Description of Homework for Calculus 1
    Fall 2010, Math 101

    (Last modified: Friday, August 27, 2010, 4:10 PM )

    Calculus is a very conceptual subject - more so, probably, than any previous math course you've taken. Mastering Calculus consists mainly of mastering the ideas, not merely techniques or skills. That being said, there are skills that must be mastered with each new topic, in order to put the ideas to full use. Thus your homework each week will consist of both some problems practicing the new techniques and some problems emphasizing the concepts and putting ideas together. These problems will be divided into two types of homework assignments: WeBWorK and problem sets.

    Other notes on weekly homework:
    • Don't worry -- just because you have two sets of problems due each week does not mean you have twice the homework I would otherwise assign-- the average amount of time spent on homework each week should actually be less than when I have assigned only traditional handwritten problem sets.
    • Make sure to check the assignments on the web each week, as they are likely to be adjusted as our syllabus shifts somewhat.
    • For the individual problem sets, you may consult with other people in the class or work alone. If you choose to work with others, the final result must reflect your own understanding, word choice, and work. See the last page of the course policies, on the Honor Code, for more details.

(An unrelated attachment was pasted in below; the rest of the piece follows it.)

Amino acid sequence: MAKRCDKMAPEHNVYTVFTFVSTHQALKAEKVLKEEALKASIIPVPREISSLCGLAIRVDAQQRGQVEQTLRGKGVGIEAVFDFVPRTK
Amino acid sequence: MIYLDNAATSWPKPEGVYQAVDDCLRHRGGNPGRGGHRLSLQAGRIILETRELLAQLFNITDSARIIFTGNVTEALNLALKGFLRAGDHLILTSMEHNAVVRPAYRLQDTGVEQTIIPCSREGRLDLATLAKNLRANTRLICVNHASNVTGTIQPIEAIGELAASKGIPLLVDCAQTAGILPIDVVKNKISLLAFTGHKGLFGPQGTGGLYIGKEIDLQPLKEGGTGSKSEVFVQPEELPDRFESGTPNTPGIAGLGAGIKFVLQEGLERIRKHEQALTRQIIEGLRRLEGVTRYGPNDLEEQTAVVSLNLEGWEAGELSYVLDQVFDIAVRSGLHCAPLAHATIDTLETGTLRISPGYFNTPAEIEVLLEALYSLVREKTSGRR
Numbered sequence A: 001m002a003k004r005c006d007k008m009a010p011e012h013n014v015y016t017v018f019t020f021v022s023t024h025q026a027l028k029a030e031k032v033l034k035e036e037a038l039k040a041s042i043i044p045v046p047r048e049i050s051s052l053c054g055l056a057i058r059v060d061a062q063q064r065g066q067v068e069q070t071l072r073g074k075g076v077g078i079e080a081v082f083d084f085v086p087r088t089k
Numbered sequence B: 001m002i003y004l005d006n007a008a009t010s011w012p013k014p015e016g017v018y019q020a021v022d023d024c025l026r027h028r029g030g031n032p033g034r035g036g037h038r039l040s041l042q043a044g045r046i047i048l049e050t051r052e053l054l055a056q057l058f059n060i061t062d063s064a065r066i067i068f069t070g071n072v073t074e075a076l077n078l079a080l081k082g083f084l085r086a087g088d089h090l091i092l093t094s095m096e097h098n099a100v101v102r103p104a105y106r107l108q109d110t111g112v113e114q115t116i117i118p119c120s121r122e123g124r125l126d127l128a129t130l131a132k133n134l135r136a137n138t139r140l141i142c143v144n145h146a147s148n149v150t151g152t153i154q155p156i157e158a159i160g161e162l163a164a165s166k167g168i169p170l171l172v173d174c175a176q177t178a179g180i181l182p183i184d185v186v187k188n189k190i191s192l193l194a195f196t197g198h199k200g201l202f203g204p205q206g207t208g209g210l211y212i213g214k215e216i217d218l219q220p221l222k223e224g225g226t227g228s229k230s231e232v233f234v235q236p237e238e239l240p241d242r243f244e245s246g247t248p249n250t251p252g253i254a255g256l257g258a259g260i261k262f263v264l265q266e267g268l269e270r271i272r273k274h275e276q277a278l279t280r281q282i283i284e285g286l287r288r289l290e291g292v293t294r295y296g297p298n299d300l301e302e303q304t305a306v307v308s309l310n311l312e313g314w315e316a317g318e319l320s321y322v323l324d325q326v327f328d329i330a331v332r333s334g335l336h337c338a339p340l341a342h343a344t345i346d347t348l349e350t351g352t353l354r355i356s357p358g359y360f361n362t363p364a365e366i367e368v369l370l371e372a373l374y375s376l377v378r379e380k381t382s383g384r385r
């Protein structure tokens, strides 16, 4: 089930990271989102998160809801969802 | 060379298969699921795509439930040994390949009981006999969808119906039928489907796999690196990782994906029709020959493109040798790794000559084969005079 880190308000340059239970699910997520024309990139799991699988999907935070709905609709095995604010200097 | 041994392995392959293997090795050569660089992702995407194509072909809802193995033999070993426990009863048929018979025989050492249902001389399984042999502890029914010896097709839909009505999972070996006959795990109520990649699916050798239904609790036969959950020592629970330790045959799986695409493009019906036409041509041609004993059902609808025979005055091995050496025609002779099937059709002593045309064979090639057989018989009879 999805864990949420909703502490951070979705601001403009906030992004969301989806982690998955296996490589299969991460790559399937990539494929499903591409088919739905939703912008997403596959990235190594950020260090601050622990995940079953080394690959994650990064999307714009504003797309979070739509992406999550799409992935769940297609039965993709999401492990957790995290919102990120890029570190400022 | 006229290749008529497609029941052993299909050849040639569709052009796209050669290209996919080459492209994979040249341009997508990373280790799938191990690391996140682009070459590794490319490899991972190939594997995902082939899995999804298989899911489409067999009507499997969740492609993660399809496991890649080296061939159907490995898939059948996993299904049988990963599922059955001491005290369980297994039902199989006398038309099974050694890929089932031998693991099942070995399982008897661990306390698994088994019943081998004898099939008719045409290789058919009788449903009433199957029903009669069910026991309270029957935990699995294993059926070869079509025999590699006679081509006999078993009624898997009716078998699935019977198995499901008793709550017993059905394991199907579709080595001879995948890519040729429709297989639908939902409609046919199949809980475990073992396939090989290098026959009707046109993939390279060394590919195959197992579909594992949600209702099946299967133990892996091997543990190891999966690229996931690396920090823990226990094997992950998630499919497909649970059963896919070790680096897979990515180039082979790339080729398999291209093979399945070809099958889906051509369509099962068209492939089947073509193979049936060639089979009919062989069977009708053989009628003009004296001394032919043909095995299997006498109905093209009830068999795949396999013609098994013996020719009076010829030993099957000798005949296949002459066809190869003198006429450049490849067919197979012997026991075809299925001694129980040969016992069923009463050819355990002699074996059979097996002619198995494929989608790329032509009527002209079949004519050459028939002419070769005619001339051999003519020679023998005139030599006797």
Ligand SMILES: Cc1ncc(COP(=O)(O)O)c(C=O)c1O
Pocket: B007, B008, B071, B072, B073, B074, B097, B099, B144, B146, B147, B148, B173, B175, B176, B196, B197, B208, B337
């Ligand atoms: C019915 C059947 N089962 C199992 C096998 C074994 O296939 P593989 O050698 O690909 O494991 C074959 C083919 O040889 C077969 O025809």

• For the group problem sets, work on every problem before your group meets. Do NOT divide the problems up among members ofyour group Again, see the last page of the course policies, on the Honor Code, for more details. Points on the group homework will be based on each person's honest assessment of the effort and contribution made by each member.
    • The final copy of each group problem set should be written by a primary author. On each group problem set, make a note of who the primary author is by putting a star next to that person's name. Although I want the groups to change from week to week, you should be primary author about every other group problem set. Note: The members of a group should contribute equally to each problem. The only extra work the primary author is responsible for is copying over the work the group has already produced.
    • In the problem sets, there may occasionally be links to supplementary exercises - please don't forget to do those.
    • Please come to see me for help! A lot goes on in class, and it would be surprising if you understood everything the first time around. Also, of course, everyone learns differently; in office hours, I can tailor my explanations to you (or at least, to a smaller group).

    Janice Sklensky
    Wheaton College
    Department of Mathematics and Computer Science
    Science Center, Room 101A
    Norton, Massachusetts 02766-0930
    TEL (508) 286-3973
    FAX (508) 285-8278

    Back to: Calculus 1 | My Homepage | Math and CS